Achy Breaky Bones
By Liz Alton, DVM
At 11 years of age, Angus, a black lab, looked like an old dog: his black fur had turned almost white on his face and muzzle. But his aging was most noticeable in the way he walked into my veterinary hospital for his annual physical. As I watched Angus' stiff, stilted gait I suspected that he may be suffering from degenerative joint disease, or arthritis.
Arthritis is a catchall term for many diseases including achy, stiff joints. Because weight seems to be a factor in its development, virtually every dog over 60 pounds will eventually develop some degree of the disease. Cats and very small dogs are generally spared. Degenerative joint disease (DJD) refers to a specific condition where the cartilage, the cushioning cap of the bones making up a joint, cracks and chips away over the years exposing the underlying bone. This results in bone-on-bone contact and inflammation, causing pain and discomfort. DJD usually begins in dogs after the age of eight.
Although DJD can develop in any joint, it seems to affect the hips, knees, and lower spine most often. As the cartilage slowly disintegrates, pain and inflammation begin. Soon, the joint is large and swollen. With acute flare-ups, the dog can develop a severe limp or be unable to get up at all.
DJD has no cure, but there are things that concerned owners can do to help their arthritic companions have a more comfortable life:
- Prevent your dog from becoming too fat. Each extra pound of weight applies multiple pounds of pressure on a single joint. All overweight arthritic dogs should be on low fat food.
- Arthritic dogs should remain active. As DJD develops, joints become less flexible. Soon, the simple act of bending a joint becomes excruciatingly painful. Because swimming involves no weight bearing by the joints, it is much less traumatic to the joints than other forms of exercise. Swimming keeps the joints flexible while increasing metabolism to help maintain a lean body mass.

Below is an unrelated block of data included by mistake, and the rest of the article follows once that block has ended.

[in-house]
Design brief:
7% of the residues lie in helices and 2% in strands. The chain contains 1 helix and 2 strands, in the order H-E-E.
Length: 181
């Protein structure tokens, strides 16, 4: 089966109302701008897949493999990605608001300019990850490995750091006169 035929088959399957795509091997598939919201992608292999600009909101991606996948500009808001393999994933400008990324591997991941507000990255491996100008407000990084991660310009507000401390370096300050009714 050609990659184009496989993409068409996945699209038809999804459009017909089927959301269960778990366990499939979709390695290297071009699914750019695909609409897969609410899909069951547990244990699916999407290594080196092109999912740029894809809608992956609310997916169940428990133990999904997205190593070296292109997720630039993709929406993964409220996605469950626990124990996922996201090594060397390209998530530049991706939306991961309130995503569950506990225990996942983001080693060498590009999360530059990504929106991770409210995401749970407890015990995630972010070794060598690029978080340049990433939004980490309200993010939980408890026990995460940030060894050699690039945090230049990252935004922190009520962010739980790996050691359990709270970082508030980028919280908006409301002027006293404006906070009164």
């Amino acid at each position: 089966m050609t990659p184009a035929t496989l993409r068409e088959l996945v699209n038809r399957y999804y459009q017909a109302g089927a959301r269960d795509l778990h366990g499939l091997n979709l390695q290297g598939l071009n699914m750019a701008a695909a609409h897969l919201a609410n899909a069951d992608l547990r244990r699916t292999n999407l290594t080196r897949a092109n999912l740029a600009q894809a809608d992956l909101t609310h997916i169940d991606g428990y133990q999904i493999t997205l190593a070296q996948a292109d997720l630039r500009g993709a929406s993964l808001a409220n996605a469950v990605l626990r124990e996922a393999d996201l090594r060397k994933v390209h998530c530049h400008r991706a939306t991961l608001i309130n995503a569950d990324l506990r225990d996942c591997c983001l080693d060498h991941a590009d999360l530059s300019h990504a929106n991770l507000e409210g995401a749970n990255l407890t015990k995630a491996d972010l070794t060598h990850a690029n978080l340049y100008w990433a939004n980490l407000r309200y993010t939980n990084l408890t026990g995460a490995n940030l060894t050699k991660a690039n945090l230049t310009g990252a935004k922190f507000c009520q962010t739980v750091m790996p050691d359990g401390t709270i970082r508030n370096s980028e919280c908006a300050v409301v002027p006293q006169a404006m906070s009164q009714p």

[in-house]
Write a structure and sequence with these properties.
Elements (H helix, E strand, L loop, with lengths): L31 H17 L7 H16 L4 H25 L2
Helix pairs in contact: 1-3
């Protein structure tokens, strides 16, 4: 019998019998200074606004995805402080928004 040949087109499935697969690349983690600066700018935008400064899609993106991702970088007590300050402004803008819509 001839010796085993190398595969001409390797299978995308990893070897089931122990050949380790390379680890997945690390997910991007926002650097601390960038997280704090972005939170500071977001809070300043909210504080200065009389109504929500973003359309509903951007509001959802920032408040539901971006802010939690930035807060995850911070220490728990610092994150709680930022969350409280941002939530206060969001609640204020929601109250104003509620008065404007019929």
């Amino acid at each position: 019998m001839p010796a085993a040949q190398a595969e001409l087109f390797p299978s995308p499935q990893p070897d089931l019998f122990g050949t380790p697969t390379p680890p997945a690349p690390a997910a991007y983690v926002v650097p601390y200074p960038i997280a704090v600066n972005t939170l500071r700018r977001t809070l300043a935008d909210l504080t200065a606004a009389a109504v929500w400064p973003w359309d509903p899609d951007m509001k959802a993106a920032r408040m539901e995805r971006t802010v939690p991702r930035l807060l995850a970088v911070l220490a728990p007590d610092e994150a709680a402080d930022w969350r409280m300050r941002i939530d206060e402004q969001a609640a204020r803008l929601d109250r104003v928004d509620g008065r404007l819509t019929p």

- Food supplements that seem to have therapeutic effects called nutraceuticals are available to help our arthritic pets. Glucosamine, chondroitin sulfate, and MSM (methlysulfonyl methane) are three of these products. Water is essential for healthy cartilage, as it both lubricates and nourishes the cartilage. Without water, the cartilage loses its cushioning effect, and becomes more susceptible to cracks and chips and eventually wears away. Glucosamine supplements help to build and restore these water loving molecules while chondroitin sulfate supplements act as "water magnets," allowing each small molecule to hold many more times water. The result is a cartilage that retains its soft, flexible nature, and resists wear and tear. Glucosamine and chondroitin sulfate can be administered by mouth in the form of capsules or pills. MSM is a naturally occurring sulfur compound that is found in every cell of the body. Its functions include helping the synthesis of collagen, maintenance of membrane flexibility, and promotion of cell regeneration. In conjunction with glucosamine and chondroitin sulfate, MSM appears to help keep cartilage healthy and decrease the inflammatory process.
- Ibuprofen and Tylenol, commonly used arthritis medications for humans, should never be used in dogs or cats. They are extremely toxic to our pets and may result in death.
- Arthritis is a progressive condition. Your veterinarian may eventually prescribe stronger medication such as a nonsteroidal anti-inflammatory drug. Although there are unwanted side effects to most all the drugs in this class, there is some good news. Over the last few years, new inflammatory medications have been developed. These new drugs help reduce inflammation and cartilage destruction without some of the serious side effects of older medications.
- After a summer of swimming, losing ten pounds, and supplementation with nutraceuticals, Angus appeared about four years younger. He was once again able to climb the stairs to sleep on the floor of his owner's bedroom. And, although he would never again be able to jump the backyard fence or chase the neighbor's cat far, he was much more comfortable, healthier, and took his daily walks with greater ease.
Dr. Liz Alton is a member of the Vermont Veterinary Medical Medical Association.